Shortly before his passing in 2016, guitarist Sam Easley organized a re-release of Glacier's '84 EP with Cult Metal Classics, a spectacular record label in Greece, with whom we still work because they are so supportive of Traditional Heavy Metal, and Manos and Kostas are just fantastic guys. In 2018, with permission from all remaining previous band members, we released it again; that time, because the feedback was so positive, we included an instrumental bonus track, an early version of "The Sands of Time". Another CD repress came out in 2019, but I think the only difference between that and previous versions is the photos on the back cover.  More than anything, we want to remaster the EP, and give it the kind of attention it deserves, but unfortunately, Thierry Wolf and Axe Killer Records, a subsidiary of his FGL Productions in Paris, France, refuses to return our original master tapes, which were supposed to be back in the US (and in our hands) in April of 1988.  Actually, truth be known, any correspondence that Sam and his attorneys made with FGL/Axe Killer either went unanswered or was met with "language comprehension issues," although as an international businessman with numerous partnerships in the United States (and world-wide), Mr. Wolf seems to have a pretty good mastery of a few languages.  Regardless, because of Wolf's breach of contract, we are left without our master tapes to re-work, but I would absolutely love to hear those songs digitally remastered.  And honestly, it was one of Sam's final wishes to have those tapes back.  In 2016, Cult Metal released 100 hand-numbered box sets that also had a bunch of Glacier merch in it. Just a couple of days ago, we received the latest EP re-pressings - this time on two different multi-colored vinyl records, and they look amazing.  I have to say, Andreas and Chris over at No Remorse, our current label, are also very supportive, patient, and insightful guys, and they have done an excellent job with "The Passing of Time".  We are extremely fortunate to work with so many great people.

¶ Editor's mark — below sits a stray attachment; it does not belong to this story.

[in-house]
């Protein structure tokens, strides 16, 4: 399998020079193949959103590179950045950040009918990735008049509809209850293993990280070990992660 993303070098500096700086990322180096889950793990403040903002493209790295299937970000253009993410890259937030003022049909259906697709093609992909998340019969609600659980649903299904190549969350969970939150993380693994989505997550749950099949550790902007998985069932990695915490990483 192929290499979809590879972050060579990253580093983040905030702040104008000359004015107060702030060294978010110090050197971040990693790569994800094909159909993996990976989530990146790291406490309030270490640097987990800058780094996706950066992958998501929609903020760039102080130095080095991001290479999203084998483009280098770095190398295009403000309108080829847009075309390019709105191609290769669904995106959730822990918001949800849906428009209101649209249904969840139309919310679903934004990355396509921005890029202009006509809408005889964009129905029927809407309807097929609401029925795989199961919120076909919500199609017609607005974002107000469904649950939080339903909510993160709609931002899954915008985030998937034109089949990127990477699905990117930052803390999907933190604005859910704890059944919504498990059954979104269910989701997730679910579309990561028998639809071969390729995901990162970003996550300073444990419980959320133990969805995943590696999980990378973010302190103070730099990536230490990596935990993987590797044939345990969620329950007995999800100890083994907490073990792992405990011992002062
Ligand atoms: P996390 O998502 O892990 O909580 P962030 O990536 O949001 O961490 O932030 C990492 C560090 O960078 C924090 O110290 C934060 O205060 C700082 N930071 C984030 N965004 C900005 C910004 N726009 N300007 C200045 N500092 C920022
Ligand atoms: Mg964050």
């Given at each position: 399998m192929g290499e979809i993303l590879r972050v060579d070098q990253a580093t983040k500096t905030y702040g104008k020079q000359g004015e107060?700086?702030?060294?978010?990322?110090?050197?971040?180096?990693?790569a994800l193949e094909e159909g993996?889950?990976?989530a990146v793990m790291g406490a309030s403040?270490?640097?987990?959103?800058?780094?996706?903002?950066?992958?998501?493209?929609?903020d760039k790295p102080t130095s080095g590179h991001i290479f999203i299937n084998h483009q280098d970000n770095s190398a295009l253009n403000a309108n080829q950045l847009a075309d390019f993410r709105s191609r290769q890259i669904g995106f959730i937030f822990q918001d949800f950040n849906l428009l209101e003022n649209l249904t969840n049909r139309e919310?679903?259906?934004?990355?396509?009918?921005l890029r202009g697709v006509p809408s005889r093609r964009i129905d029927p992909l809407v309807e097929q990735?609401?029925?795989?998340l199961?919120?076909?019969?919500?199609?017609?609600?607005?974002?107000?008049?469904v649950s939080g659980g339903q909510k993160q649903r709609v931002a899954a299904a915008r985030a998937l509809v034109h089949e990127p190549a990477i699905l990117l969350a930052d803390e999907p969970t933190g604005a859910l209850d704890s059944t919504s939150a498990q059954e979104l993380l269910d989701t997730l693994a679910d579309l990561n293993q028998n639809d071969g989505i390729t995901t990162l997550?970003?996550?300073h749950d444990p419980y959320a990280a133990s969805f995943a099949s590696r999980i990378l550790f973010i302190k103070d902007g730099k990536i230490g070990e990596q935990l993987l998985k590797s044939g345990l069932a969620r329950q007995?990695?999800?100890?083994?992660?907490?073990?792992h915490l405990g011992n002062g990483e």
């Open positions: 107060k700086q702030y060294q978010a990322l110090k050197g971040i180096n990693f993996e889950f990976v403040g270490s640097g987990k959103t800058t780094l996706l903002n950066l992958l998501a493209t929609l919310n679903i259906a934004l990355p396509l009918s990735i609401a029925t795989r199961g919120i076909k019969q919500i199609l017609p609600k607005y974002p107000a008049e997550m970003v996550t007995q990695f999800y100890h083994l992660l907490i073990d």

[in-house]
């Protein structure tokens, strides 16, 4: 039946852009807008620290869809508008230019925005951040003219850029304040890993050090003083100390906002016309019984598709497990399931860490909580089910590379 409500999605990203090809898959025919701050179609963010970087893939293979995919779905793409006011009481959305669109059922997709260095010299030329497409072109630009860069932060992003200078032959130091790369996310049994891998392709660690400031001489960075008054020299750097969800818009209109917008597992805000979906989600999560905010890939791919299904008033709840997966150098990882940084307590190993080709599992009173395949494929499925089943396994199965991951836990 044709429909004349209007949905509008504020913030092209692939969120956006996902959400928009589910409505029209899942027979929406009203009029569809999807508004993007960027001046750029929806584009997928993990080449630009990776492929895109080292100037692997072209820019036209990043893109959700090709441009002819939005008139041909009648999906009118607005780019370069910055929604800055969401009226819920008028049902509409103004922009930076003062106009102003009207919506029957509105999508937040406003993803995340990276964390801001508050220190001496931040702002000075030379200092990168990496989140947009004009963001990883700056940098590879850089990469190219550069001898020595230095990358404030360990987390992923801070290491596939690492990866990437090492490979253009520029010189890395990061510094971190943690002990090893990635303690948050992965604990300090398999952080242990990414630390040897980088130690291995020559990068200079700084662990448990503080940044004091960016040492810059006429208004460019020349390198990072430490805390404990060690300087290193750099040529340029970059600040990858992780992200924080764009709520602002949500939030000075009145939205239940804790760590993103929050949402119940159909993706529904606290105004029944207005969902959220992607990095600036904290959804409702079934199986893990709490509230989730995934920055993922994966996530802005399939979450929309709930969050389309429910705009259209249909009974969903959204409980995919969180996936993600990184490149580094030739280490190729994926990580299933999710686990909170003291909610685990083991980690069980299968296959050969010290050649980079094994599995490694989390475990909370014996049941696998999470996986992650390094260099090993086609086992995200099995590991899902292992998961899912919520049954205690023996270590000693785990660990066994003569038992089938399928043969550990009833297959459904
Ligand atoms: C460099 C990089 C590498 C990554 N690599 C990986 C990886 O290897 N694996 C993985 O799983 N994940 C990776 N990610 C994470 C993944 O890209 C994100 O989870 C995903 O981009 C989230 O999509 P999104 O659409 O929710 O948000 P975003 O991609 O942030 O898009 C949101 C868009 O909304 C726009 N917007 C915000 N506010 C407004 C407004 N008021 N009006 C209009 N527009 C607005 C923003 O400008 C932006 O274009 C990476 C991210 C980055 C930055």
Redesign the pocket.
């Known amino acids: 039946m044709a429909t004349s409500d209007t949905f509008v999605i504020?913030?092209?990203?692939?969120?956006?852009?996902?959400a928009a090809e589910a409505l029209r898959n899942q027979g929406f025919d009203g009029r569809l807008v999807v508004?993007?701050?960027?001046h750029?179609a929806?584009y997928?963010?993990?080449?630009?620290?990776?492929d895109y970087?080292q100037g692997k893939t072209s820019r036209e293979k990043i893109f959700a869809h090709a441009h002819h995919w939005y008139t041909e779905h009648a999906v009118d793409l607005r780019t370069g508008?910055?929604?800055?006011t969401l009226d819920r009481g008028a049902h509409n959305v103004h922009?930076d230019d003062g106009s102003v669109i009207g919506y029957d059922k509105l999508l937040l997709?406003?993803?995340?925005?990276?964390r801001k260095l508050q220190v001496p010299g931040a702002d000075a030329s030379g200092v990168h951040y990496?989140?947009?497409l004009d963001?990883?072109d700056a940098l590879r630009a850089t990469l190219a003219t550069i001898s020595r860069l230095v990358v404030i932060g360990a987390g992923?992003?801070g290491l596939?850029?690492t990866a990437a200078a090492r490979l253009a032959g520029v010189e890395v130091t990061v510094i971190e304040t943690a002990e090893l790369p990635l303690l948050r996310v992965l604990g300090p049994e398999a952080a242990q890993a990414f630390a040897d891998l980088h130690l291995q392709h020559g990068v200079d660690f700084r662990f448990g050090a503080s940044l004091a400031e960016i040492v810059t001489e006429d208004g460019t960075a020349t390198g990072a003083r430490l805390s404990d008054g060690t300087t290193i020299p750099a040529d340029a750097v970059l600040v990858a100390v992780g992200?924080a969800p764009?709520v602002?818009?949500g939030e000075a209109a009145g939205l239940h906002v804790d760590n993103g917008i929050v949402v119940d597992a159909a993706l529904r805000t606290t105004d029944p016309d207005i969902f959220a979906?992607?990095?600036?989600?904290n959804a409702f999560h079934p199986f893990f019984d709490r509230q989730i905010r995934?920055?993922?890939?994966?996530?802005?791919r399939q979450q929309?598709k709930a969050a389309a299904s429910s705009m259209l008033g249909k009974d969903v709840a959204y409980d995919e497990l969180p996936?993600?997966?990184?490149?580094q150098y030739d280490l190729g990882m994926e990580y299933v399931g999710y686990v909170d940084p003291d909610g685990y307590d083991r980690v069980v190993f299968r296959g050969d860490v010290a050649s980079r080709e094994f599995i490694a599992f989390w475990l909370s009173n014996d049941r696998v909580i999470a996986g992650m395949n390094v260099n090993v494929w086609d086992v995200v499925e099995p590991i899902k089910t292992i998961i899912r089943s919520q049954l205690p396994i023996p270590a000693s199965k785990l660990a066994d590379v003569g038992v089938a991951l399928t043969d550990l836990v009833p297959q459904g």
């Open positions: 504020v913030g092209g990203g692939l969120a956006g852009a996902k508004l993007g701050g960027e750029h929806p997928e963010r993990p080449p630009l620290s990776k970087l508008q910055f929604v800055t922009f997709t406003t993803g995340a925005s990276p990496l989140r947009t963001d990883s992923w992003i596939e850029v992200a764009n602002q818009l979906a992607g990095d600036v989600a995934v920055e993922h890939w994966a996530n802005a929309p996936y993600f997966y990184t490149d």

Frank: The songs on the album are never too fast and thanks to good riffs, good hooks and the right atmosphere, they hit the mark and your singing is always convincing. In the last 35 years have you only sung in the shower or have you kept busy with your voice?
After Glacier, I went back and reformed my original band, Harlot. We started writing songs, and we had recorded one specifically for a radio station contest. Eventually, that all fell apart and we went our different ways. I moved to LA for a while, but ended up back home in Oregon. I really had not been in a band since 1986 until around 2010 when I started playing with a few friends. And I didn't really do anything serious with music until 2016. When I started singing the old Glacier songs again, I sounded horrible - I thought, "There is no way in hell I can do this!" But with practice, determination, and support from friends, I was back in the game.
Frank: The lyrics of your songs often deal with valor, courage and also with the inexorable passing of time. Tell us a little bit about the lyrics of the record, who took care of them? How did they come about?